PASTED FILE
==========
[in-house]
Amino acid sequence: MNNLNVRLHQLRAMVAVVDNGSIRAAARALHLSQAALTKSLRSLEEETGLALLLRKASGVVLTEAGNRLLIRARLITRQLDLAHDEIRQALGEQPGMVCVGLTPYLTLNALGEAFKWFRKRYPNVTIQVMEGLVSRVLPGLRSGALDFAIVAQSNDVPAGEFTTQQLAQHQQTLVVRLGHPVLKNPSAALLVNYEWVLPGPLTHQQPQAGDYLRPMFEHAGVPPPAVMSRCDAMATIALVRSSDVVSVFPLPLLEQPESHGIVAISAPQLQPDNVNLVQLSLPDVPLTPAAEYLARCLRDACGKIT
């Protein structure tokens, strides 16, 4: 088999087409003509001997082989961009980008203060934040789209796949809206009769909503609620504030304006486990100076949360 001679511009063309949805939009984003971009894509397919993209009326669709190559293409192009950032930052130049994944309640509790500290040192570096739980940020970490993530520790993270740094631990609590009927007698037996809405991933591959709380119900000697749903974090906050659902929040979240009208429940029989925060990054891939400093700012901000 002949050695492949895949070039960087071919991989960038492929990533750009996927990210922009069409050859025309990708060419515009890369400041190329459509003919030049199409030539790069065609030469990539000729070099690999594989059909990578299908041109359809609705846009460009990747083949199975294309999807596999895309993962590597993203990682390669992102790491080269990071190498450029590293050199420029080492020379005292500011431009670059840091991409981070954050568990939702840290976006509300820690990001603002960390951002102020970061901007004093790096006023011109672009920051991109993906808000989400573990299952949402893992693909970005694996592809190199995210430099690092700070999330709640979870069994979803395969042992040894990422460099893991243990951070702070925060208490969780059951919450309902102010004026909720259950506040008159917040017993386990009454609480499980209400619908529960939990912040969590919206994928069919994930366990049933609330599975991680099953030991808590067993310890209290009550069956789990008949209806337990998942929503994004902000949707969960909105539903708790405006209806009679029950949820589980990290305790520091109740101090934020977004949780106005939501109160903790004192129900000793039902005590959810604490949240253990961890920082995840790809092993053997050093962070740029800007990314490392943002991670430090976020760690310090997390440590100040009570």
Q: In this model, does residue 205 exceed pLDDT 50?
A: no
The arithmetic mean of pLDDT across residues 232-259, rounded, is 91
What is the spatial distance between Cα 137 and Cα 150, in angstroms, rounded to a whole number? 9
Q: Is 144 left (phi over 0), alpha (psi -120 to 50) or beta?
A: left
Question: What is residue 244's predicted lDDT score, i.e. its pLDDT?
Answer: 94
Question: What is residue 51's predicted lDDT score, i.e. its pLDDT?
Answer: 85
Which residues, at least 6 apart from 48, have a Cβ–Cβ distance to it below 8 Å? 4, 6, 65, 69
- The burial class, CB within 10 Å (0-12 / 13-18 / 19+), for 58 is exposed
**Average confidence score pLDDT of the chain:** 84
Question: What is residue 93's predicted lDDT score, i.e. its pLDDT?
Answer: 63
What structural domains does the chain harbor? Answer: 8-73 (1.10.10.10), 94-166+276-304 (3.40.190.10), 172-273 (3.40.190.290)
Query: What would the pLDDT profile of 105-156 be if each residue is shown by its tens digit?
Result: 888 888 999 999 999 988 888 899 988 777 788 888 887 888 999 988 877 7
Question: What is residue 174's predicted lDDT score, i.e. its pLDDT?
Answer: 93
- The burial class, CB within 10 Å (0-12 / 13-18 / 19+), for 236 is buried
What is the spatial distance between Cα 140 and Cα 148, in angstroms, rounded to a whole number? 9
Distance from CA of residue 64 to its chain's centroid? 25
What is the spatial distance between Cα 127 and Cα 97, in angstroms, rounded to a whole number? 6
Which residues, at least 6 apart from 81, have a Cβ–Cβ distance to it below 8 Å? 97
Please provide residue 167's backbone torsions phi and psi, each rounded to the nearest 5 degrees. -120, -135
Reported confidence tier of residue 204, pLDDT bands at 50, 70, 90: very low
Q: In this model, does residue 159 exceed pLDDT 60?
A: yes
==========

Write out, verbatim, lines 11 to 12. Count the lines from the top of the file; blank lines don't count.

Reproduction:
Answer: 94
Question: What is residue 51's predicted lDDT score, i.e. its pLDDT?